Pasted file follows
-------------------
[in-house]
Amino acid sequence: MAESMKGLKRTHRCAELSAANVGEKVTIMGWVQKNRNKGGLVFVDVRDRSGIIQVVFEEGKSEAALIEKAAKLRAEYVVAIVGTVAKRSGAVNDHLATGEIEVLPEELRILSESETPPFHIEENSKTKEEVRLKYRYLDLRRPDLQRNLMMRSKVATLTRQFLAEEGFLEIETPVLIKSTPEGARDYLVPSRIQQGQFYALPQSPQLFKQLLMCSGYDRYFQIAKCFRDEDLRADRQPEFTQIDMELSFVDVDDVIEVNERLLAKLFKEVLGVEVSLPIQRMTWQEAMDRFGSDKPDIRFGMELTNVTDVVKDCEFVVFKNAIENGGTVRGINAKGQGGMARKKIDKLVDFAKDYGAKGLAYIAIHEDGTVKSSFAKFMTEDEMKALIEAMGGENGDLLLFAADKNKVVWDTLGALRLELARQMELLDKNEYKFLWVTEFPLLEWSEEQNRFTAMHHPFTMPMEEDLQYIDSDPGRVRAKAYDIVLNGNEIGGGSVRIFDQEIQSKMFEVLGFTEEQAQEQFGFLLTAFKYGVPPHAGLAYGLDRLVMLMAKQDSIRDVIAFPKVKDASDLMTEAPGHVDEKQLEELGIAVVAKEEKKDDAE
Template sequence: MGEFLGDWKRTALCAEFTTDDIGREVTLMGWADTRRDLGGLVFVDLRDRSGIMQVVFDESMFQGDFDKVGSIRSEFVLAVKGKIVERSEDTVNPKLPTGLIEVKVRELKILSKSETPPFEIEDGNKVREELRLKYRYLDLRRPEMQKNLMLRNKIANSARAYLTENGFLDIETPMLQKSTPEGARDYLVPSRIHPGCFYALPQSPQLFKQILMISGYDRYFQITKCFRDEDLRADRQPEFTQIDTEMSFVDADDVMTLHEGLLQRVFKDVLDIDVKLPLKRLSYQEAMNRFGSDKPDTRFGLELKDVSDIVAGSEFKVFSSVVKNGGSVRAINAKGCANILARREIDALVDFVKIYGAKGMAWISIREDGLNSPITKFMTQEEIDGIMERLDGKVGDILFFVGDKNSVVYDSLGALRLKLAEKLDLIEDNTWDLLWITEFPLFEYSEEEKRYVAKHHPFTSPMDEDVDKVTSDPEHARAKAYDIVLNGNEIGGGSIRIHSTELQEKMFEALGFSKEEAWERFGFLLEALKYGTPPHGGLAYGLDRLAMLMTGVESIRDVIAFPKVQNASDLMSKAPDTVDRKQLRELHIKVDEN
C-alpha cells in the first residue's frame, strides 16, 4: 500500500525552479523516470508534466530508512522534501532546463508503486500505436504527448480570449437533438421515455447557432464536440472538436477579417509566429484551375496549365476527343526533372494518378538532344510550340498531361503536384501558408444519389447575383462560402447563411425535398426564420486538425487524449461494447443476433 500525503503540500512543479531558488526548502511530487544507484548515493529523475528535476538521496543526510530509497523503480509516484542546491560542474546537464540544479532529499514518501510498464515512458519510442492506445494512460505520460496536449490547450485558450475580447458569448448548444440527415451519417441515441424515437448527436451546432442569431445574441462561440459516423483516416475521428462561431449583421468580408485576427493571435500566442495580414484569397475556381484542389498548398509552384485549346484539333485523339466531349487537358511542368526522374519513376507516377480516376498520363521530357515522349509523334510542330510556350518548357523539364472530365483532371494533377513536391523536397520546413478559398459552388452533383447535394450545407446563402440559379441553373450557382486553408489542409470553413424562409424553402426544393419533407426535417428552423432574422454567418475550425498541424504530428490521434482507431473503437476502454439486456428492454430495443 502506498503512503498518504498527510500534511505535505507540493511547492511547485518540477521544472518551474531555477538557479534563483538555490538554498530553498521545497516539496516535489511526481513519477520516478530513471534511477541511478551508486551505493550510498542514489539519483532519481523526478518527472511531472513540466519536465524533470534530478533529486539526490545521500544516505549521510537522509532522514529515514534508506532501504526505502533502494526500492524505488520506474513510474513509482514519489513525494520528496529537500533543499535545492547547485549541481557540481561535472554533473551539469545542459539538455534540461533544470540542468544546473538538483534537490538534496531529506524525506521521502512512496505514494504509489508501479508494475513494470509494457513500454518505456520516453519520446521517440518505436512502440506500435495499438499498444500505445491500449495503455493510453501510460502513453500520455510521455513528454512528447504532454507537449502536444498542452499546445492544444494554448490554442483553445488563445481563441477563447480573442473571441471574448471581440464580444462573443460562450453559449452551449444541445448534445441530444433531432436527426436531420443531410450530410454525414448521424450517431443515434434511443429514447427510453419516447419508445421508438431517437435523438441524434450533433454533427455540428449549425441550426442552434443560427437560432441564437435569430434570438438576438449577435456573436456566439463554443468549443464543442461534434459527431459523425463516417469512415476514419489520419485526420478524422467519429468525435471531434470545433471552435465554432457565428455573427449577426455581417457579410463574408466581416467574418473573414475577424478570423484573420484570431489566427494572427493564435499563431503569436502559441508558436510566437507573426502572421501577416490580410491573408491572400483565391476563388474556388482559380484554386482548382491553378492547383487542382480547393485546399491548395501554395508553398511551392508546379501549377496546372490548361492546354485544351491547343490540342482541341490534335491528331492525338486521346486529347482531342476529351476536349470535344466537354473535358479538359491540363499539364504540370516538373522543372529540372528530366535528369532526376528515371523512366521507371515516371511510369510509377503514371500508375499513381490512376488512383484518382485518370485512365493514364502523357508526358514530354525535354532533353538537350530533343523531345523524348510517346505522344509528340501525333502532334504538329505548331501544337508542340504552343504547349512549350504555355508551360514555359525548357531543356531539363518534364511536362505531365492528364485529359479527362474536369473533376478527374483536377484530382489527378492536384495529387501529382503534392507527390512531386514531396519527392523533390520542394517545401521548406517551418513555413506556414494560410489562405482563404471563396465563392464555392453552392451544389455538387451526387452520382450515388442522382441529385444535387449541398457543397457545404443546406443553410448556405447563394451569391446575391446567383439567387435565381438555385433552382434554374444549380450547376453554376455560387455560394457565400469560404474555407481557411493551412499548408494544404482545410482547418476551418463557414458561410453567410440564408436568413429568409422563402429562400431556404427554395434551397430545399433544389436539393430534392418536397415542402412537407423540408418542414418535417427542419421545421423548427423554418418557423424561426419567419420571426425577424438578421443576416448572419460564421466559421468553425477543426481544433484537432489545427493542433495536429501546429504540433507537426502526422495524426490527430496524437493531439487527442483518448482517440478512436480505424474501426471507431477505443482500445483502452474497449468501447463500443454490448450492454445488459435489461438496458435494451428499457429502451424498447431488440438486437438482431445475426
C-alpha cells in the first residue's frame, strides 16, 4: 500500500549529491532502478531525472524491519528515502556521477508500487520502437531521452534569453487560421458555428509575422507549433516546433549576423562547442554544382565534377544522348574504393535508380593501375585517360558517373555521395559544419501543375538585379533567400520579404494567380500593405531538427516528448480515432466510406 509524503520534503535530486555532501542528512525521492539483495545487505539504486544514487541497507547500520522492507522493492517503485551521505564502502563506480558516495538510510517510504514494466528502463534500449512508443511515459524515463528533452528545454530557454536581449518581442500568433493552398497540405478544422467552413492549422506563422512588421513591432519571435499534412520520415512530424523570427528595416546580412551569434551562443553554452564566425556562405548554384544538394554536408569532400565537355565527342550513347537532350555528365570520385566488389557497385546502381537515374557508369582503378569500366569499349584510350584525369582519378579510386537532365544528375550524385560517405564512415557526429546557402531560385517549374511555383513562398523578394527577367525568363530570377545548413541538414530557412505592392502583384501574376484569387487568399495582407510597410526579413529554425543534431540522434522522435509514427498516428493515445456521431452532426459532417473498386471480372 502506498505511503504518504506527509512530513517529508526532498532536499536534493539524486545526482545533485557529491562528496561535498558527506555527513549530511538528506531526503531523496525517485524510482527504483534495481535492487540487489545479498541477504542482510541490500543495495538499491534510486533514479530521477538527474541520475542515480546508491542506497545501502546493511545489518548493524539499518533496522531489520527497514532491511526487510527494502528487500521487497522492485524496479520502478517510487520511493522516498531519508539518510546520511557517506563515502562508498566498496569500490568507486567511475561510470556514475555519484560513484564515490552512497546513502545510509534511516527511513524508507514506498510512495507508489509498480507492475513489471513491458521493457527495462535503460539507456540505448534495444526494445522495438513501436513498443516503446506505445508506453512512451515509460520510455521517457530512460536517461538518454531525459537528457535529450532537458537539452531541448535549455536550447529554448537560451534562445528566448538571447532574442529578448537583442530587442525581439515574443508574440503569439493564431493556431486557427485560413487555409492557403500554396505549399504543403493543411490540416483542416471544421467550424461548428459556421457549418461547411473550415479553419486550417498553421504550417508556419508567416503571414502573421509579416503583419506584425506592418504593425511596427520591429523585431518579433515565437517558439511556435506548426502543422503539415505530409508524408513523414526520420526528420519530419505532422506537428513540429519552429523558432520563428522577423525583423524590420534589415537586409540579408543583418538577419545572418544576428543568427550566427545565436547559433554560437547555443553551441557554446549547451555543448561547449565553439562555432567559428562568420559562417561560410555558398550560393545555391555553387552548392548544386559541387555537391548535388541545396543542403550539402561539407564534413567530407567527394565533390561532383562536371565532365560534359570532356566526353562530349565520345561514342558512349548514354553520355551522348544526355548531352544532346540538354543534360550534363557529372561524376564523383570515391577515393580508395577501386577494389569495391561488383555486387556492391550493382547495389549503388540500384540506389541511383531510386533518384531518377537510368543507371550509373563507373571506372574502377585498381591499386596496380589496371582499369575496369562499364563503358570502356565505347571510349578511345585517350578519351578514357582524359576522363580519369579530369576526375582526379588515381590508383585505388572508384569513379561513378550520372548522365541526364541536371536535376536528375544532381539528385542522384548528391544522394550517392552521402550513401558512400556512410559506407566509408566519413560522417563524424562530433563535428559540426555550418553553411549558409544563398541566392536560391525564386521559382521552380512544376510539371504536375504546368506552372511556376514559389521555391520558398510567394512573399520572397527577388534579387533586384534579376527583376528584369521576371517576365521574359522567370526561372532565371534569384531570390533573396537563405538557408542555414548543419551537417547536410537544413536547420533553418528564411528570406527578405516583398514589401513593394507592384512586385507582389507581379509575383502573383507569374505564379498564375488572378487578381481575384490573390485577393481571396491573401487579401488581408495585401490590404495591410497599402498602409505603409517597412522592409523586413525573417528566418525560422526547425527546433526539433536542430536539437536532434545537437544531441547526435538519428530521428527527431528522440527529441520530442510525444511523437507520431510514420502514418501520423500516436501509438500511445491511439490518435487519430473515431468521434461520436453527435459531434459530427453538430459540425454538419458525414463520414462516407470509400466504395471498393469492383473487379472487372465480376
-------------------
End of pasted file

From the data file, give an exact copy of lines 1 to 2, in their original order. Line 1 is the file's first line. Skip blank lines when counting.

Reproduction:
[in-house]
Amino acid sequence: MAESMKGLKRTHRCAELSAANVGEKVTIMGWVQKNRNKGGLVFVDVRDRSGIIQVVFEEGKSEAALIEKAAKLRAEYVVAIVGTVAKRSGAVNDHLATGEIEVLPEELRILSESETPPFHIEENSKTKEEVRLKYRYLDLRRPDLQRNLMMRSKVATLTRQFLAEEGFLEIETPVLIKSTPEGARDYLVPSRIQQGQFYALPQSPQLFKQLLMCSGYDRYFQIAKCFRDEDLRADRQPEFTQIDMELSFVDVDDVIEVNERLLAKLFKEVLGVEVSLPIQRMTWQEAMDRFGSDKPDIRFGMELTNVTDVVKDCEFVVFKNAIENGGTVRGINAKGQGGMARKKIDKLVDFAKDYGAKGLAYIAIHEDGTVKSSFAKFMTEDEMKALIEAMGGENGDLLLFAADKNKVVWDTLGALRLELARQMELLDKNEYKFLWVTEFPLLEWSEEQNRFTAMHHPFTMPMEEDLQYIDSDPGRVRAKAYDIVLNGNEIGGGSVRIFDQEIQSKMFEVLGFTEEQAQEQFGFLLTAFKYGVPPHAGLAYGLDRLVMLMAKQDSIRDVIAFPKVKDASDLMTEAPGHVDEKQLEELGIAVVAKEEKKDDAE